“We will shoot scenes where it takes place in the present sense [and] Gen’s character Emily is there in my head, and that’s pretty sad,” Padalecki shares. “There was a scene the other day that I can’t really talk about involving her character’s story that I had a tough time getting rid of the scene, so to speak. I didn’t know how it would affect me, but I went for it and they called, ‘Cut!’ and I couldn’t get rid of it. So you go for a drive and do what you can.”

In addition to Emily appearing to Walker in present-day, the show will also feature a number of flashbacks to their life together before she passed away in the story. Those often consist of the on-screen husband and wife talking about “appreciating the kids, appreciating our lives, our jobs,” Padalecki previews. “It’s kind of a constant reminder and it’s good and it’s been a wake-up call. Frankly what’s great is that when she and I film together we can get a babysitter and hang out for an hour in a trailer and just talk like two people who are in love, not like two parents who are scrambling to take care of the kids.”

Because Walker is in such deep grief when the audience meets him, Padalecki says that his challenge in the first season is to just keep it all together and try to balance being a good law enforcement official with being a good father.

“If he was on a boat that went down, he’s still trying to figure out how to stay above water; he’s not even looking for the horizon yet. It’s, ‘How do I fucking stay alive? My wife is gone, she did everything. I’m passionate about my job and making the world safer, but I can’t do that and be a dad. I may get in trouble with my job if I fail but I may fail my kids.’ He’s just trying to tread water,” Padalecki says.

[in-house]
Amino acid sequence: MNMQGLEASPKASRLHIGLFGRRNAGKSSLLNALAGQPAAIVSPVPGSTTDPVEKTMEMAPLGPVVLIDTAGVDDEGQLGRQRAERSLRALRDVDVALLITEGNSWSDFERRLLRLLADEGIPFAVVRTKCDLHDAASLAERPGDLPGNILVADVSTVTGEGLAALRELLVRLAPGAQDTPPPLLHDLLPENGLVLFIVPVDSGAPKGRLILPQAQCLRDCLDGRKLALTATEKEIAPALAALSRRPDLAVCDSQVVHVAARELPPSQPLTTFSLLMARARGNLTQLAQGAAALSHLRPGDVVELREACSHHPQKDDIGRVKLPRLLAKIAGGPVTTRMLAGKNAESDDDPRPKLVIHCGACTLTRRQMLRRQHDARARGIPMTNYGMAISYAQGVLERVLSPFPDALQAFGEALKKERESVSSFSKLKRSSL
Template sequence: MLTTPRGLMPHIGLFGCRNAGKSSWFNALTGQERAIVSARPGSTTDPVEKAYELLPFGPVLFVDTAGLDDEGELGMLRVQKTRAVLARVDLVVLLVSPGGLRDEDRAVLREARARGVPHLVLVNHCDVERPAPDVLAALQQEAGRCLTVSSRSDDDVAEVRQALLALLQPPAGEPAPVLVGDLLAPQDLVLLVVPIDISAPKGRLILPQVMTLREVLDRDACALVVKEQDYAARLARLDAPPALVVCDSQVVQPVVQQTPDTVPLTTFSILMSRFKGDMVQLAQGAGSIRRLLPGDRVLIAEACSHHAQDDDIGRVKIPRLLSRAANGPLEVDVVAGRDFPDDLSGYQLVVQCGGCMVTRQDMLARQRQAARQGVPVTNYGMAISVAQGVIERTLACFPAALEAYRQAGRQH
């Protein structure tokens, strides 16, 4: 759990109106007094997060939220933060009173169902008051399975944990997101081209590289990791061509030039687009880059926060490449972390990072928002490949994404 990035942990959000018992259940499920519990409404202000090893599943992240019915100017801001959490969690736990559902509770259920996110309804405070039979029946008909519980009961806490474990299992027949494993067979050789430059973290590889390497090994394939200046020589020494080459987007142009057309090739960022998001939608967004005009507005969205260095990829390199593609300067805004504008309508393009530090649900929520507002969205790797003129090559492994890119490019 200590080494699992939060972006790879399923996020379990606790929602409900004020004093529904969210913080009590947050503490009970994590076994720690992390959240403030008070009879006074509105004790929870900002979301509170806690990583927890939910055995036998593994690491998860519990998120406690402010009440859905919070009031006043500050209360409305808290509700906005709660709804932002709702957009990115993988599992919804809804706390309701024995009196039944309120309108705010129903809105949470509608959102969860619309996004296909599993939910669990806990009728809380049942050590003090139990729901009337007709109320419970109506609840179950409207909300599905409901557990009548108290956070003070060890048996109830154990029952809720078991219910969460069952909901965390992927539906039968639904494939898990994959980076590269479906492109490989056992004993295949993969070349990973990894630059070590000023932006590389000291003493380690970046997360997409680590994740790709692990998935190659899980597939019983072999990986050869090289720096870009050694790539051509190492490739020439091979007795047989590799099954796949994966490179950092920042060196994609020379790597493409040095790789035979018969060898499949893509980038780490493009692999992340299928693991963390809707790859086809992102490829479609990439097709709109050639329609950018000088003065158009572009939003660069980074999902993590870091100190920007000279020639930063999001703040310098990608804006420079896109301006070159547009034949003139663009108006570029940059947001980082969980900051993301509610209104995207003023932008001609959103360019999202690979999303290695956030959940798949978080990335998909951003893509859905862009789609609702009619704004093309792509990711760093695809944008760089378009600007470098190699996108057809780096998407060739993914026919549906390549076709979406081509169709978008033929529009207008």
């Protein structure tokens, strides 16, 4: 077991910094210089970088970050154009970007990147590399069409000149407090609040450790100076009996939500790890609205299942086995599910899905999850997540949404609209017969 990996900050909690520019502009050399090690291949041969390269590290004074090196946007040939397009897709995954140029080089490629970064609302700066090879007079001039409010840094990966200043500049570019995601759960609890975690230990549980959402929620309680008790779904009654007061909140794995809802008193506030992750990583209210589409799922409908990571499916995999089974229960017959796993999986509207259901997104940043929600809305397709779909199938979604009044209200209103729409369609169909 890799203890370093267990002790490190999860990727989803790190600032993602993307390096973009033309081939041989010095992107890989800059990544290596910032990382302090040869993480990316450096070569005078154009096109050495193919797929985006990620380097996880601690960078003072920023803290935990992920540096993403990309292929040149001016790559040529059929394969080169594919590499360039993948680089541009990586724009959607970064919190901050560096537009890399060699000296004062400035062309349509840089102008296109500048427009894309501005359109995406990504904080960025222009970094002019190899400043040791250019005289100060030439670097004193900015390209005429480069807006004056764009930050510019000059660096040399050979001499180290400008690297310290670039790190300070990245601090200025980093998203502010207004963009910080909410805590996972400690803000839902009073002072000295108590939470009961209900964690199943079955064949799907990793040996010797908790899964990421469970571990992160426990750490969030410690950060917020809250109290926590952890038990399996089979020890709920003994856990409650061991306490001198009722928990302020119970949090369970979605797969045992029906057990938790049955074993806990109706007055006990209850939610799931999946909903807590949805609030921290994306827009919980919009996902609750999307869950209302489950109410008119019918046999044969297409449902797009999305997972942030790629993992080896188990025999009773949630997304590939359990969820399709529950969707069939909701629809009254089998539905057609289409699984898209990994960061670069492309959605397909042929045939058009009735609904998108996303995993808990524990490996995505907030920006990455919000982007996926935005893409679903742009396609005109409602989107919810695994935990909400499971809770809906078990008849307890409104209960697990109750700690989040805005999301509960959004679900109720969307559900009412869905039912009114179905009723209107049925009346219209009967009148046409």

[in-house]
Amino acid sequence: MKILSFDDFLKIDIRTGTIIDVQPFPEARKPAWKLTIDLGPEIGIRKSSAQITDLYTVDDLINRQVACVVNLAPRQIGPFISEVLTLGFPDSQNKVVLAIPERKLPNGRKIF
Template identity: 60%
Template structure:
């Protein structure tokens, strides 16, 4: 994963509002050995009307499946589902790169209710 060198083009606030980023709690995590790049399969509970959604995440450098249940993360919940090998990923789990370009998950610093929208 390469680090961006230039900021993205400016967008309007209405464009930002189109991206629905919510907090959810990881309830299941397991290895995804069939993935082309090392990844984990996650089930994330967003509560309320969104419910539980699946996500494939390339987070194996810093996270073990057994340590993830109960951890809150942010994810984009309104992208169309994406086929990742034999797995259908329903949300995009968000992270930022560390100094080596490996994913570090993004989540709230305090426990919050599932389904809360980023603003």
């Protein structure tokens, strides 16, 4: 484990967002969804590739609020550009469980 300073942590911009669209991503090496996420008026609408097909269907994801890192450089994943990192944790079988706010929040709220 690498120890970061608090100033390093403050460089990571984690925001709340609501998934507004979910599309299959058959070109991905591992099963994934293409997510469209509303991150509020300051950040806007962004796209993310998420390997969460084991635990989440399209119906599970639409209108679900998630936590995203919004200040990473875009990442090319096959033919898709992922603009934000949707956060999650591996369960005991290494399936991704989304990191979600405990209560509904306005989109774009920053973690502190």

Therefore, “it’s not about romantically moving on, but it’s also not really about trying to figure out how to move on” at all, he continues.

Regardless of how long a run “Walker” ends up getting to have, Padalecki says the central component of the show will always be Walker “not as a Texas Ranger who happens to have a family man, but a family man who happens to be a Texas Ranger.”

But, to be clear, even after jumping from one 15-year run on a broadcast drama straight into another broadcast drama, Padalecki says he hopes “‘Walker’ goes longer than ‘Supernatural.'”

“I get to wake up in my house with my wife and kids everyday and go to bed in the same house; I have a vote on where the story heads, so that makes me feel a little bit safer; the crew’s amazing; I love this city [Austin, Texas] and I have for years; I love the story we’re telling,” he explains.

During those 15 years on “Supernatural,” its fandom, he says, helped him realize “we can make a connection with other human beings in the real world by telling a story on television about random strange things as long as the underlying heart is there.” And that is what he hopes to continue for as long as he can.

“Walker” premieres Jan. 21 at 8 p.m. on the CW.